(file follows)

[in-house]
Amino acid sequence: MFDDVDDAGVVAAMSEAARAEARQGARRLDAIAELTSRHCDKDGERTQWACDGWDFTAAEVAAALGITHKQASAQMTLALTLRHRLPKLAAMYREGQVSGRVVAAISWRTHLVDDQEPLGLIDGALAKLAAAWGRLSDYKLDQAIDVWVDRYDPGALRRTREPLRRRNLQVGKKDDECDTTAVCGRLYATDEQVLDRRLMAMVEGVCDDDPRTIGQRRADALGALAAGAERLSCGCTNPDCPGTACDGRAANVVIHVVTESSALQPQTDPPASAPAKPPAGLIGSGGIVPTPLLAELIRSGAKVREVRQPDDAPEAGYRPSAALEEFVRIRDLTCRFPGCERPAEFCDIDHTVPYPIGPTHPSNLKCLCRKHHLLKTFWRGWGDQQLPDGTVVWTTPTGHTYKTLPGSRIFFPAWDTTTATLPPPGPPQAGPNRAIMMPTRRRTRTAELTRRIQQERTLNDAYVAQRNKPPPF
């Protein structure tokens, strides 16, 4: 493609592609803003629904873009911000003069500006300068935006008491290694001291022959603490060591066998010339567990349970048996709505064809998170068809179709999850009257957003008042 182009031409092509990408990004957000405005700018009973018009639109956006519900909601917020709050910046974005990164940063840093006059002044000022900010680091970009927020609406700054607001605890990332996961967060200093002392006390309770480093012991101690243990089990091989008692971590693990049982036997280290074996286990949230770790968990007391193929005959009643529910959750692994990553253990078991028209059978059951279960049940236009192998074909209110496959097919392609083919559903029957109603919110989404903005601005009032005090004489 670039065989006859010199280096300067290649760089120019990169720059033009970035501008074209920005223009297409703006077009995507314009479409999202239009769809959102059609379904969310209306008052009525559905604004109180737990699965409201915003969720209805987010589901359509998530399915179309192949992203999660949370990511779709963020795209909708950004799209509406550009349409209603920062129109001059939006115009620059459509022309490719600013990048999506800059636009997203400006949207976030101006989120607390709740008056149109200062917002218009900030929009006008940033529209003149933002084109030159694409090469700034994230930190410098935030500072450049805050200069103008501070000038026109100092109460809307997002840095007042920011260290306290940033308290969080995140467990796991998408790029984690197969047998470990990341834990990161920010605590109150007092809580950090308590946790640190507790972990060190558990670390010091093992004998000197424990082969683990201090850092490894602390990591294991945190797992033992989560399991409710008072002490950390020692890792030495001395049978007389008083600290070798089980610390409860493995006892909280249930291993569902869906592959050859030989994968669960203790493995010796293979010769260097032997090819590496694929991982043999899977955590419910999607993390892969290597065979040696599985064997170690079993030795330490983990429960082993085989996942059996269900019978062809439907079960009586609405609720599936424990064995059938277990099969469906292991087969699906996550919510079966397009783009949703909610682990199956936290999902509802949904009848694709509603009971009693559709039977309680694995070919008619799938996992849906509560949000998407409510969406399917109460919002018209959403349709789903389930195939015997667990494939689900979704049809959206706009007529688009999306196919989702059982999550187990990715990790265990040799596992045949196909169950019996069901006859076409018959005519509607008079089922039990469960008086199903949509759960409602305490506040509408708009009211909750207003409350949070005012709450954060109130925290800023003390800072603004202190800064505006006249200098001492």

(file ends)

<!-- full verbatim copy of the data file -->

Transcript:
[in-house]
Amino acid sequence: MFDDVDDAGVVAAMSEAARAEARQGARRLDAIAELTSRHCDKDGERTQWACDGWDFTAAEVAAALGITHKQASAQMTLALTLRHRLPKLAAMYREGQVSGRVVAAISWRTHLVDDQEPLGLIDGALAKLAAAWGRLSDYKLDQAIDVWVDRYDPGALRRTREPLRRRNLQVGKKDDECDTTAVCGRLYATDEQVLDRRLMAMVEGVCDDDPRTIGQRRADALGALAAGAERLSCGCTNPDCPGTACDGRAANVVIHVVTESSALQPQTDPPASAPAKPPAGLIGSGGIVPTPLLAELIRSGAKVREVRQPDDAPEAGYRPSAALEEFVRIRDLTCRFPGCERPAEFCDIDHTVPYPIGPTHPSNLKCLCRKHHLLKTFWRGWGDQQLPDGTVVWTTPTGHTYKTLPGSRIFFPAWDTTTATLPPPGPPQAGPNRAIMMPTRRRTRTAELTRRIQQERTLNDAYVAQRNKPPPF
């Protein structure tokens, strides 16, 4: 493609592609803003629904873009911000003069500006300068935006008491290694001291022959603490060591066998010339567990349970048996709505064809998170068809179709999850009257957003008042 182009031409092509990408990004957000405005700018009973018009639109956006519900909601917020709050910046974005990164940063840093006059002044000022900010680091970009927020609406700054607001605890990332996961967060200093002392006390309770480093012991101690243990089990091989008692971590693990049982036997280290074996286990949230770790968990007391193929005959009643529910959750692994990553253990078991028209059978059951279960049940236009192998074909209110496959097919392609083919559903029957109603919110989404903005601005009032005090004489 670039065989006859010199280096300067290649760089120019990169720059033009970035501008074209920005223009297409703006077009995507314009479409999202239009769809959102059609379904969310209306008052009525559905604004109180737990699965409201915003969720209805987010589901359509998530399915179309192949992203999660949370990511779709963020795209909708950004799209509406550009349409209603920062129109001059939006115009620059459509022309490719600013990048999506800059636009997203400006949207976030101006989120607390709740008056149109200062917002218009900030929009006008940033529209003149933002084109030159694409090469700034994230930190410098935030500072450049805050200069103008501070000038026109100092109460809307997002840095007042920011260290306290940033308290969080995140467990796991998408790029984690197969047998470990990341834990990161920010605590109150007092809580950090308590946790640190507790972990060190558990670390010091093992004998000197424990082969683990201090850092490894602390990591294991945190797992033992989560399991409710008072002490950390020692890792030495001395049978007389008083600290070798089980610390409860493995006892909280249930291993569902869906592959050859030989994968669960203790493995010796293979010769260097032997090819590496694929991982043999899977955590419910999607993390892969290597065979040696599985064997170690079993030795330490983990429960082993085989996942059996269900019978062809439907079960009586609405609720599936424990064995059938277990099969469906292991087969699906996550919510079966397009783009949703909610682990199956936290999902509802949904009848694709509603009971009693559709039977309680694995070919008619799938996992849906509560949000998407409510969406399917109460919002018209959403349709789903389930195939015997667990494939689900979704049809959206706009007529688009999306196919989702059982999550187990990715990790265990040799596992045949196909169950019996069901006859076409018959005519509607008079089922039990469960008086199903949509759960409602305490506040509408708009009211909750207003409350949070005012709450954060109130925290800023003390800072603004202190800064505006006249200098001492």